All the saints practiced humility—though some of them had to learn this lesson the hard way. A 4th century hermit known as St. John the Dwarf loftily told a fellow hermit that he was going deeper into the desert to “live like an angel,” intending to prove that because of his superior self-discipline and admirable commitment to prayer and penance, he was above such worldly considerations as food and shelter and clothing. However, a week later the second hermit heard a knock at his door and asked, “Who is it?” “It’s John,” replied the now-humbler saint. “Let me in.” His brother hermit, sensing an opportunity to make an important point, answered, “You can’t be John; he’s an angel now, not a man,” and made John wait outside until the following morning before giving him food and shelter. Moreover, in the 17th century the priest St. Vincent de Paul was once visited by a relative from the country, a poor young man lacking in education and social graces. At first Vincent was embarrassed, and had the porter secretly take the relative to his room, where he might meet with him in private. However, Vincent realized he had given into the sin of pride, so he apologized to his cousin, and took him to his brother priests and religious and introduced him as a valued family member.
In the 1930s St. Faustina Kowalska wrote, “If there is a truly happy soul upon earth, it can only be a truly humble soul,” and on a different occasion she observed, “Now I understand why there are so few saints: it is because so few souls are deeply humble.” The Blessed Virgin Mary later appeared to St. Faustina and said, “I desire, my dearly beloved daughter, that you practice the three virtues that are dearest to me, and most pleasing to God. The first is humilty; [the second is] humility; [and the third is] once again humility.” Jesus Himself spoke to the saint on one occasions and instructed her, “Write these words on a clean sheet of paper: ‘From today on, my own will does not exist,’ and then cross out the page. And on the other side write these words: ‘From today on, I do the will of God everywhere, always, and in everything.’”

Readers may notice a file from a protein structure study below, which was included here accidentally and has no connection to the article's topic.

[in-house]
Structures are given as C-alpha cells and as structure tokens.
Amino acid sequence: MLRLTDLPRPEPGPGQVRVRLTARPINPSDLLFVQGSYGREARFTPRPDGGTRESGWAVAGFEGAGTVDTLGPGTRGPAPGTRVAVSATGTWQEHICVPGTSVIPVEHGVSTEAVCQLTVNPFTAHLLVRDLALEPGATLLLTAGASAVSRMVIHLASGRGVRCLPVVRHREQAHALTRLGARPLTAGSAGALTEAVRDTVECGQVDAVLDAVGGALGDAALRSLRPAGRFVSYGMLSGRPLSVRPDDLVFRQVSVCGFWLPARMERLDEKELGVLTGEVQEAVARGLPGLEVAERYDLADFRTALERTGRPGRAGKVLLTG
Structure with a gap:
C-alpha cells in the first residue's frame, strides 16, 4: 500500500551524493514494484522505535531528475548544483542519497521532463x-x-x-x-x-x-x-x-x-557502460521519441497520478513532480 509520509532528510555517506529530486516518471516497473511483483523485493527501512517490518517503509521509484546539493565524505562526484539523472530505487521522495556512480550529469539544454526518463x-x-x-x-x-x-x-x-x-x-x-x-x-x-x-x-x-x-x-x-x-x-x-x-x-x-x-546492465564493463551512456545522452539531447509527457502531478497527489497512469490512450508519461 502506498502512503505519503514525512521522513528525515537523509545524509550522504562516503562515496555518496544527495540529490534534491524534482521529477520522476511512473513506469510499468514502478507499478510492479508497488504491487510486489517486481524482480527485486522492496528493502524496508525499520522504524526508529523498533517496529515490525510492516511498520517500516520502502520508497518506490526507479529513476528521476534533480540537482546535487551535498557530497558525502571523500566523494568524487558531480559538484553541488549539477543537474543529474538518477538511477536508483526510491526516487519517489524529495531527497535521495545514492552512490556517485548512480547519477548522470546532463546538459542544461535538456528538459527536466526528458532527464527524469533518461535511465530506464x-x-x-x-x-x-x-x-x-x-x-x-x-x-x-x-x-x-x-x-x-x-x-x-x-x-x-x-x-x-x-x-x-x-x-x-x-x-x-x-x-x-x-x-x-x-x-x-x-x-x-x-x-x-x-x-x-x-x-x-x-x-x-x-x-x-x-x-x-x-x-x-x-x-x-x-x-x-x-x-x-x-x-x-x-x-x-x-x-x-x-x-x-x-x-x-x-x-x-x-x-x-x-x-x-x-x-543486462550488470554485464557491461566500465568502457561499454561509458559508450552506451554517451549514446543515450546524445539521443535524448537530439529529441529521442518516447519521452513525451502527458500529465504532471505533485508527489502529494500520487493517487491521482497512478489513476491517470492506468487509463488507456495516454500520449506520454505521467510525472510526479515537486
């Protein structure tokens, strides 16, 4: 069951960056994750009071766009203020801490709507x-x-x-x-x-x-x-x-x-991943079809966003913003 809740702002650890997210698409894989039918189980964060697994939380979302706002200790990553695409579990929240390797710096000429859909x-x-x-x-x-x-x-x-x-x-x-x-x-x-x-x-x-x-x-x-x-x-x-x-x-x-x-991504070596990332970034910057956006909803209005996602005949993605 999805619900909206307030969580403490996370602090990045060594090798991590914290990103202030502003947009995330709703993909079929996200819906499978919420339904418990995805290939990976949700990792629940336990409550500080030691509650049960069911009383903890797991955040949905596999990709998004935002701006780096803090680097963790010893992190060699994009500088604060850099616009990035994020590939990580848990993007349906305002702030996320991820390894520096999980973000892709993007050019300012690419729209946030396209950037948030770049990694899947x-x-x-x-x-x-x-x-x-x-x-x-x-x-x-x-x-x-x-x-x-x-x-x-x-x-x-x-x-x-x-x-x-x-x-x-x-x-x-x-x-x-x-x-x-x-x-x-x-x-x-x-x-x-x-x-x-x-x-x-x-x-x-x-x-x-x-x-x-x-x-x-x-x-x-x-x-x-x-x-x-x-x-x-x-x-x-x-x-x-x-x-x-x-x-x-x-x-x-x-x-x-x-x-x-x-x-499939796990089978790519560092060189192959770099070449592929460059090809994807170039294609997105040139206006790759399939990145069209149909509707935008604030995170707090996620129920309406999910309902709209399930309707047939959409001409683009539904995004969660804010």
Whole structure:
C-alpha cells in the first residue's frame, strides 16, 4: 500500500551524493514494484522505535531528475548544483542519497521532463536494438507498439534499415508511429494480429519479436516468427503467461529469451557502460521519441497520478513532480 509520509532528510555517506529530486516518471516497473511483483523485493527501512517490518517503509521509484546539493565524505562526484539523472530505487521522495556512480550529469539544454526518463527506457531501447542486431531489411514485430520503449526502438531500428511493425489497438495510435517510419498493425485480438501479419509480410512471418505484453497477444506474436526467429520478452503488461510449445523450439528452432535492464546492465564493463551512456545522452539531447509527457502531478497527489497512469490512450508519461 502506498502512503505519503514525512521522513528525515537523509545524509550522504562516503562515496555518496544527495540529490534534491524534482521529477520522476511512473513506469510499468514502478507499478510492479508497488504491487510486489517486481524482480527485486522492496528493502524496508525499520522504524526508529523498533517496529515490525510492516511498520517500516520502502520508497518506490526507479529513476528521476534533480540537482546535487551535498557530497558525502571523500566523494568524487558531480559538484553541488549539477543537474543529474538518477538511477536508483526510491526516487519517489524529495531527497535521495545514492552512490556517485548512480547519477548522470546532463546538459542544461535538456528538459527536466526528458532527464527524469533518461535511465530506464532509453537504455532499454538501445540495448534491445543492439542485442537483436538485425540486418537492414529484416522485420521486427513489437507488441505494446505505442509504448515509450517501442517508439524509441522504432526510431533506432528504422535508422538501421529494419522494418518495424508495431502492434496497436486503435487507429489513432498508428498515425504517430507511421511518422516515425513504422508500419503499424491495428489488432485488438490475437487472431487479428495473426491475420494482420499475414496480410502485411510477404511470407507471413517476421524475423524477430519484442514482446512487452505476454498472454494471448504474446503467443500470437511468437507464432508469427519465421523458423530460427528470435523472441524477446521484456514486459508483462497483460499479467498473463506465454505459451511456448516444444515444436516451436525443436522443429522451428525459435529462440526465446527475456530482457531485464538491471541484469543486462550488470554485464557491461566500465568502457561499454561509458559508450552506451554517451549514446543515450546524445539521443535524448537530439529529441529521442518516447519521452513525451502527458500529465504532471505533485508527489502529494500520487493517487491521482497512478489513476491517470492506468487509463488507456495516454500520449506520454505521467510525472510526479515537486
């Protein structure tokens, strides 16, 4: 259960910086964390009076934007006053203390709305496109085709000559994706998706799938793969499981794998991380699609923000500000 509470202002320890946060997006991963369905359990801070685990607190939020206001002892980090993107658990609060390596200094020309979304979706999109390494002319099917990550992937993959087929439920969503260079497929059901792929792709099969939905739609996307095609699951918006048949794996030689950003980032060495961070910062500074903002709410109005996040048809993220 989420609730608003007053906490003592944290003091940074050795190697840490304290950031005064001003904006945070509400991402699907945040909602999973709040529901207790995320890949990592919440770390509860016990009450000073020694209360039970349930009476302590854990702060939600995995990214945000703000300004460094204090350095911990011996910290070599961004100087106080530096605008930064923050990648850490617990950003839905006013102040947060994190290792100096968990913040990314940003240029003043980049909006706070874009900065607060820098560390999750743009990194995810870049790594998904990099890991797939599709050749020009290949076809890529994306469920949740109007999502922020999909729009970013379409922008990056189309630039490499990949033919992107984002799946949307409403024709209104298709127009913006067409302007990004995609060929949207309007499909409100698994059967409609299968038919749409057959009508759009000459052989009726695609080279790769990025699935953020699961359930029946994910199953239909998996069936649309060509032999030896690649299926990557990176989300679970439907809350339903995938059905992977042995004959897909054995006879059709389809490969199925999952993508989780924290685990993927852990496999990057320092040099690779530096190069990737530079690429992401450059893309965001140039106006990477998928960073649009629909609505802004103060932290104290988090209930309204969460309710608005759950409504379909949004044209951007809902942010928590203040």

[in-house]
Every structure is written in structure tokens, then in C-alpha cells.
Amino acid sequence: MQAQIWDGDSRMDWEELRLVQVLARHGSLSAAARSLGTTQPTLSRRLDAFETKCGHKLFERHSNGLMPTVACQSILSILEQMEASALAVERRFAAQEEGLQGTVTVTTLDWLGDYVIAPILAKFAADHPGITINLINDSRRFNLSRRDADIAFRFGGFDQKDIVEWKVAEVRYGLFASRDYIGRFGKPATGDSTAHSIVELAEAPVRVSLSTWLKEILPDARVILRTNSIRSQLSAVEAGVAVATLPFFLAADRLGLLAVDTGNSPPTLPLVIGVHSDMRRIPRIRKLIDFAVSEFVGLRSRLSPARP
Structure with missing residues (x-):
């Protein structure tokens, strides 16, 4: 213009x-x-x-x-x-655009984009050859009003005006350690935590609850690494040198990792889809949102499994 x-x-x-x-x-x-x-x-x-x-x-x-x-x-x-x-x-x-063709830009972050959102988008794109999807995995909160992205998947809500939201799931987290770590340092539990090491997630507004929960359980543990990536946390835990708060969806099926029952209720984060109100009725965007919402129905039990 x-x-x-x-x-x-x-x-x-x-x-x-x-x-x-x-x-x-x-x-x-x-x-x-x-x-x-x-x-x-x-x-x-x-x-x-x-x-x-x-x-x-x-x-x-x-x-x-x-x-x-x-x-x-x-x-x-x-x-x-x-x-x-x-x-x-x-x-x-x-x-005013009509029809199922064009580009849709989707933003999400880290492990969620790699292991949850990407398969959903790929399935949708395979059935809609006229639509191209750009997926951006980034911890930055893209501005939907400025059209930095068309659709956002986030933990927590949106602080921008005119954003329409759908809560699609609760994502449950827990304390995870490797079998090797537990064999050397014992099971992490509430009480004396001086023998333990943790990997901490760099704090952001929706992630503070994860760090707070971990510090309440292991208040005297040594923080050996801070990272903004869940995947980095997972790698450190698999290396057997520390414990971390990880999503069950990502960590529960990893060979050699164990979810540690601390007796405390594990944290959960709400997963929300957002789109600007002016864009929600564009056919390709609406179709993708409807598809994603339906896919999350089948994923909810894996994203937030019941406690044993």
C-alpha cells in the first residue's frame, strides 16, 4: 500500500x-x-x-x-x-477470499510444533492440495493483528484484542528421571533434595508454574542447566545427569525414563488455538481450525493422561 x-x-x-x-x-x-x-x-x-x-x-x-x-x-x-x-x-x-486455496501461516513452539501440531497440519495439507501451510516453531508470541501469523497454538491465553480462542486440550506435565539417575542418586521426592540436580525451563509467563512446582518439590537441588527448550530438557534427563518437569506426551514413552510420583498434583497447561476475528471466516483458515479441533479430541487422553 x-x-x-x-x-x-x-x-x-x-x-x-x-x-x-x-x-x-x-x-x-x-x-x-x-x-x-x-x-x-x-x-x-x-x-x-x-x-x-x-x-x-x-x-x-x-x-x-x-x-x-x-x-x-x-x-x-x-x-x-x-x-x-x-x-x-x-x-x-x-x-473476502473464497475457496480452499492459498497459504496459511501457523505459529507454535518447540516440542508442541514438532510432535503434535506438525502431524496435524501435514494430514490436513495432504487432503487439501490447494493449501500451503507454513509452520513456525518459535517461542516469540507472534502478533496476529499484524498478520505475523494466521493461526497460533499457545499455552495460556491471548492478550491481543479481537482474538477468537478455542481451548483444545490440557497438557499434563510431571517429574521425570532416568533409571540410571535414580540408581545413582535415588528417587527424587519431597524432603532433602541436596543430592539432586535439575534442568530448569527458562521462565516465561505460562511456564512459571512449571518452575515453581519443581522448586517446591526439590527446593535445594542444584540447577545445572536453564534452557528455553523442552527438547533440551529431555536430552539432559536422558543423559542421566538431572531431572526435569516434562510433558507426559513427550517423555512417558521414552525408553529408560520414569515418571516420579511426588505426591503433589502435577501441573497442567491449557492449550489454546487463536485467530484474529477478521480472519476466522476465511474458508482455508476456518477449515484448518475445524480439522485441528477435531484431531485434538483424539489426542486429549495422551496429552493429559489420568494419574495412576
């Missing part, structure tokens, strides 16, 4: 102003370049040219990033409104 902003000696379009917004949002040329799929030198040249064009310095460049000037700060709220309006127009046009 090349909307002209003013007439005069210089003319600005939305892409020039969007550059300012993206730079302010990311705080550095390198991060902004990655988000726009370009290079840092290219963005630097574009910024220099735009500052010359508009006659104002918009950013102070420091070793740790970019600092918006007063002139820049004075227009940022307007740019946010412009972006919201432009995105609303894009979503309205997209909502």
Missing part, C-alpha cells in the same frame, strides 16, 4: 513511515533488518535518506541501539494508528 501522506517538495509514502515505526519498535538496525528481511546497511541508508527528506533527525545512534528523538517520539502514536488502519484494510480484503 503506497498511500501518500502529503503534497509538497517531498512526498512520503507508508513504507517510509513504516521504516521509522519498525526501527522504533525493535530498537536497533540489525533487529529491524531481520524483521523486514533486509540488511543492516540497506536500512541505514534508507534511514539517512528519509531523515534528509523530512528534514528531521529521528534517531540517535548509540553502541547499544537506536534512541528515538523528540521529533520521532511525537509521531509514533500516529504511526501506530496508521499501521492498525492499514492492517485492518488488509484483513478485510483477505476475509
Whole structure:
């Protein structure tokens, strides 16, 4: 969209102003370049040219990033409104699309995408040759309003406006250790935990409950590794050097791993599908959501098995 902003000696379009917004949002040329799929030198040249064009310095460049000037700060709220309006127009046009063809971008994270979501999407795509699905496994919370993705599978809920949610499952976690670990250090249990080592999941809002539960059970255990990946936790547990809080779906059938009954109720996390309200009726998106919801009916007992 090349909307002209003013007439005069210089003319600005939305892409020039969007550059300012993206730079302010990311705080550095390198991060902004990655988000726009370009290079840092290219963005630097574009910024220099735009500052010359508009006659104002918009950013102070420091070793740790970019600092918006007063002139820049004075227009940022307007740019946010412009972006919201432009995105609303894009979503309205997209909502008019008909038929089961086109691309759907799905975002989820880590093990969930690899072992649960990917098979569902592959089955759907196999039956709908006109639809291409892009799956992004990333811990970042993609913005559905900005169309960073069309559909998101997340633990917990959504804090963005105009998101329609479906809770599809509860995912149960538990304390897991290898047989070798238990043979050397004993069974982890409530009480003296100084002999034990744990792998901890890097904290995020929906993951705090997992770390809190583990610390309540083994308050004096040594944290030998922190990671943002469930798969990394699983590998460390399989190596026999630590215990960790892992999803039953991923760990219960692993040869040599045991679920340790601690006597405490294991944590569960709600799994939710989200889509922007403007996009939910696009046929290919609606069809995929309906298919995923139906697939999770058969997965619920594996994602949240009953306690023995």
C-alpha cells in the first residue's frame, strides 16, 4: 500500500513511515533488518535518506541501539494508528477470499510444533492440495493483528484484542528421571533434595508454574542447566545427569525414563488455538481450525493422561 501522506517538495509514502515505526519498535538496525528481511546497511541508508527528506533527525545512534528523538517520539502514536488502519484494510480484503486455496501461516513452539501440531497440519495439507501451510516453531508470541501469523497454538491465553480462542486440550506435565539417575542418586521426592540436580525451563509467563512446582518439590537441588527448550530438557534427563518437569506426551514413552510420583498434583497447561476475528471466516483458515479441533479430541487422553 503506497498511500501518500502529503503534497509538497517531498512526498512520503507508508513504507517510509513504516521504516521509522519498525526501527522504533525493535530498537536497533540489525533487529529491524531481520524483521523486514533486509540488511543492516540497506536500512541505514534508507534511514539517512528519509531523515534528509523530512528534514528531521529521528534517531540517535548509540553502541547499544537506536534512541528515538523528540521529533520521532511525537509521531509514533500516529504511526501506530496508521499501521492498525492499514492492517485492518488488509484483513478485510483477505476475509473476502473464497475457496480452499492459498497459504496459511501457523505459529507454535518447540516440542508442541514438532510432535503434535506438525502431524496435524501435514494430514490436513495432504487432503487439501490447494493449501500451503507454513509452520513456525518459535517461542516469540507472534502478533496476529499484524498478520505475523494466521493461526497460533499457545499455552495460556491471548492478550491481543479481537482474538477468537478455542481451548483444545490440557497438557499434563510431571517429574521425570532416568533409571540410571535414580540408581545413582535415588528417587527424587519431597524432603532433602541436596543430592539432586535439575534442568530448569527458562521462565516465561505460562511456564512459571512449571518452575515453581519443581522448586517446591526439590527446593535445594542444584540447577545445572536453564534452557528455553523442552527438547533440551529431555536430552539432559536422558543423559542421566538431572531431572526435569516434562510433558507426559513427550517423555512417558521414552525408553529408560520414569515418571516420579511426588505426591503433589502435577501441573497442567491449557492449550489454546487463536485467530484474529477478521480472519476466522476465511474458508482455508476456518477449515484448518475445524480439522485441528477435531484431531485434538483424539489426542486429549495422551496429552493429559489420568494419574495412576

Humility does indeed mean trying to do God’s will instead of our own; this is a way of acknowledging that His plan for our lives is far superior to our own hopes and desires. Humility also means recognizing and admitting that everything we have—especially our talents, our successes, and our admirable characteristics or personal strengths—is a gift from God, and that without Him, we can do nothing worthwhile. However, the sign that we’re truly humble isn’t how we relate to our Creator, but to our fellow creatures; few of us would dare to compare ourselves to God, but almost all of us are tempted at one time or another to consider ourselves superior to or more important than another human being. Jesus urges us to be on guard against this temptation, warning us that if we exalt ourselves, we will be humbled. We don’t have to deny our goodness or our infinite value as children of God; rather, we must acknowledge and rejoice in the goodness we see in other people, while remembering that they too were created for a destiny of eternal glory. The values and judgments of this world are almost always short-sighted, mistaken, and spiritually dangerous. We are called to live by a very different standard—one which respects the dignity of every other person, and which seeks to know and do the will of God at all times. Choosing to be humble in this sense will result in many unexpected blessings, bring us great spiritual peace, and allow us to be forever exalted in Heaven.